If, at the end of this process, a patent issues, the patent term will last for twenty years from the date the initial patent application was filed. Prior to 1994, patent terms were seventeen years from the date the patent issued. In 1994, Congress changed the patent term to twenty years from the date the application was first filed. In changing the start date of the patent term to the date when the application was first filed, Congress noted that PTO delays in the processing of applications would now consume some portion of the patent term. Accordingly, to account for these delays, Congress passed the American Inventors Protection (“AIPA”) of 1999, requiring the PTO to grant several patent term adjustments based on delays in the application processing attributable to the PTO. See 35 U.S.C. § 154(b). Specifically, there are three types of delays for which patentees are entitled to term adjustments: “A Delay;” “B Delay;” and “C Delay.” “A Delay” extends the patent term one day for each day the PTO fails to meet prescribed deadlines for certain events during the processing and prosecution of the patent application, including deadlines for mailing notices of allowance, responding to replies under § 132, and issuing the patent after payment of the required fees. See 35 U.S.C. § 154(b)(1)(A). “B Delay” provides a guarantee of no more than three-years of application pendency from the time the application is filed to issuance of the patent. Id. § 154(b)(1)(B). “C Delay” extends the patent term one day for each day of the pendency of an interference proceeding, a secrecy order, or successful appellate review by the Board, or a Federal court. Id. § 154(b)(1)(C). Most relevant to this case is the PTO's calculation of “B Delay.” As described above, “B Delay” accounts for delays “due to the failure of the [PTO] to issue a patent within [three] years after the actual filing date of the application . . . “ Id. § 154(b)(1)(B). The statute excludes certain time periods from the calculation of that three-year period of time, including “any time consumed by continued examination of the application requested by the applicant under section 132(b).” Id. § 154(b)(1)(B)(i).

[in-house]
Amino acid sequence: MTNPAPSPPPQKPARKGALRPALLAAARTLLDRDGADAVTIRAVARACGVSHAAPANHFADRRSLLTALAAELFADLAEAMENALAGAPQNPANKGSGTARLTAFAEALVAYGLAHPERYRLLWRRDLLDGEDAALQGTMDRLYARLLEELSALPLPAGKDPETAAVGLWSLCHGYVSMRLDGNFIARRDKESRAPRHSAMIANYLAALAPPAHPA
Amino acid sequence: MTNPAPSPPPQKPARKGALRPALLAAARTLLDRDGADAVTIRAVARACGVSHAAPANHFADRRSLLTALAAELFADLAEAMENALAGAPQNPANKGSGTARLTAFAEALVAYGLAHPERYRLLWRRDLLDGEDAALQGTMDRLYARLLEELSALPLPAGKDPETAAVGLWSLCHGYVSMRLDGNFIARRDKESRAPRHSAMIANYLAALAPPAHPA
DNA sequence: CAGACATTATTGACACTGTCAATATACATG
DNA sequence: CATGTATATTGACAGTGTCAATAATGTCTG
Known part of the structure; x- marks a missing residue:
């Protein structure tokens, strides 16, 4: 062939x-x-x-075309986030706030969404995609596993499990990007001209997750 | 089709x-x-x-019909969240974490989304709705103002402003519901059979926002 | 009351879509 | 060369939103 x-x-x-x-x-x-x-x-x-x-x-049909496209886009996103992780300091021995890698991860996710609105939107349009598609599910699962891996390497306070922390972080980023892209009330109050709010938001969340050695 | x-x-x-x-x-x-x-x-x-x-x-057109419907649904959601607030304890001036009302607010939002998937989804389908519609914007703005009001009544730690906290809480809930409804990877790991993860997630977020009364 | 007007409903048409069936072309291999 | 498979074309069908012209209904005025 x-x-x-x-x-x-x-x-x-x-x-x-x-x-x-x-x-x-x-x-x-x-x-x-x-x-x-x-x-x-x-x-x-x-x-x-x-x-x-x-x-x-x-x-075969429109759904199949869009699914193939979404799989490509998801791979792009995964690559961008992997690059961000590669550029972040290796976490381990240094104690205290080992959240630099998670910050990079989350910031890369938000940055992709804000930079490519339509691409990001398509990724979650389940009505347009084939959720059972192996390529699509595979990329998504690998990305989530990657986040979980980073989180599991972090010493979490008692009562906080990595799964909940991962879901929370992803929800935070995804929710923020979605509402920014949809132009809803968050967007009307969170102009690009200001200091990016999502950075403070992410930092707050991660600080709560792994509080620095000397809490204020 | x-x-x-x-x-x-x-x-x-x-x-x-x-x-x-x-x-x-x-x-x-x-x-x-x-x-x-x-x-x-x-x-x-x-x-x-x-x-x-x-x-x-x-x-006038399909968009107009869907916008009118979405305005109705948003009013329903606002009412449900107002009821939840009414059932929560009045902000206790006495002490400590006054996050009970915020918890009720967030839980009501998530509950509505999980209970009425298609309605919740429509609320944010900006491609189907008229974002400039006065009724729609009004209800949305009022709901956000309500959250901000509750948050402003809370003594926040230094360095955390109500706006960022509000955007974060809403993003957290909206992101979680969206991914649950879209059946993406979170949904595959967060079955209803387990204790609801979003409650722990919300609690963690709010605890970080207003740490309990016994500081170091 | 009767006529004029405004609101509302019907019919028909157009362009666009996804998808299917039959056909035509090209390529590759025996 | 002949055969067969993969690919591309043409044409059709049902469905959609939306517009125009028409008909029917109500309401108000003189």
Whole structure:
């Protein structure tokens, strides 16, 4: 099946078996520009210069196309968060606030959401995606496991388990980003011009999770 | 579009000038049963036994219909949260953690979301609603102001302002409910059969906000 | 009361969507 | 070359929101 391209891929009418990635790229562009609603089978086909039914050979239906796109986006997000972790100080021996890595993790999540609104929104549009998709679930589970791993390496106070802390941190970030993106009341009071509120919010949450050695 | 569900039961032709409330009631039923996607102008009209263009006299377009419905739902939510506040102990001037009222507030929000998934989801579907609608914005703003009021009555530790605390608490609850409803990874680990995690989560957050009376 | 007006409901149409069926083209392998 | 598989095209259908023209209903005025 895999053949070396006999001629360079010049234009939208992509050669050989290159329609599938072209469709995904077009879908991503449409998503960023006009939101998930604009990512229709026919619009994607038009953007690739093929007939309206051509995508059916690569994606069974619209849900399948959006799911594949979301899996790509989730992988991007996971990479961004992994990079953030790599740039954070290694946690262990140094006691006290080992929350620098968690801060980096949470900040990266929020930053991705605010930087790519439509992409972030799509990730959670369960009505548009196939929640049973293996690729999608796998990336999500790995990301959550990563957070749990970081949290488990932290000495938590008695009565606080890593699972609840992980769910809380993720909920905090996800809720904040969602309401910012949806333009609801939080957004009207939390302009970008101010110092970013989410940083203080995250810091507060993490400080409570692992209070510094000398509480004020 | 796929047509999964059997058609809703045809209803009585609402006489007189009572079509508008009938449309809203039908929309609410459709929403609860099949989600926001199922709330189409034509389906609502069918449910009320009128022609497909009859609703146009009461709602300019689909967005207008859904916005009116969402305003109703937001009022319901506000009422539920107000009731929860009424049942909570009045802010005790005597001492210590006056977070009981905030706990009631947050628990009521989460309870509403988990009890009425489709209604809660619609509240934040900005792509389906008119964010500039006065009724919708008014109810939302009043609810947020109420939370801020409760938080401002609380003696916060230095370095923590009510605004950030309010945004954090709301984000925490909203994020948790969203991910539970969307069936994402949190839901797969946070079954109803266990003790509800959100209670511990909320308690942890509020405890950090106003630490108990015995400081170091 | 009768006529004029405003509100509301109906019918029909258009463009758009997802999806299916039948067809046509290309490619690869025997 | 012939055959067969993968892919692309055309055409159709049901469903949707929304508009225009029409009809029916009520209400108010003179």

In addition to establishing these categories of delay, the statute delegates to the PTO Director the authority to “prescribe regulations establishing procedures for the application for and determination of patent term adjustments . . . .” Id. § 154(b)(3)(A). Pursuant to this authority, the PTO promulgated a rule calculating the “time consumed by continued examination requested by the applicant” in 35 U.S.C. § 154(b)(1)(B)(i) to include:

(1) The number of days, if any, in the period beginning on the date on which any request for continued examination of the application under 35 U.S.C. 132(b) was filed and ending on the date of mailing of the notice of allowance under 35 U.S.C. 151; 37 C.F.R. § 1.703(b)(1). At the same time, the PTO promulgated a regulation enabling the Director to suspend or waive “[i]n an extraordinary situation, when justice requires, any requirement of the regulations in this part which is not a requirement of the statutes … .” 37 C.F.R. § 1.183.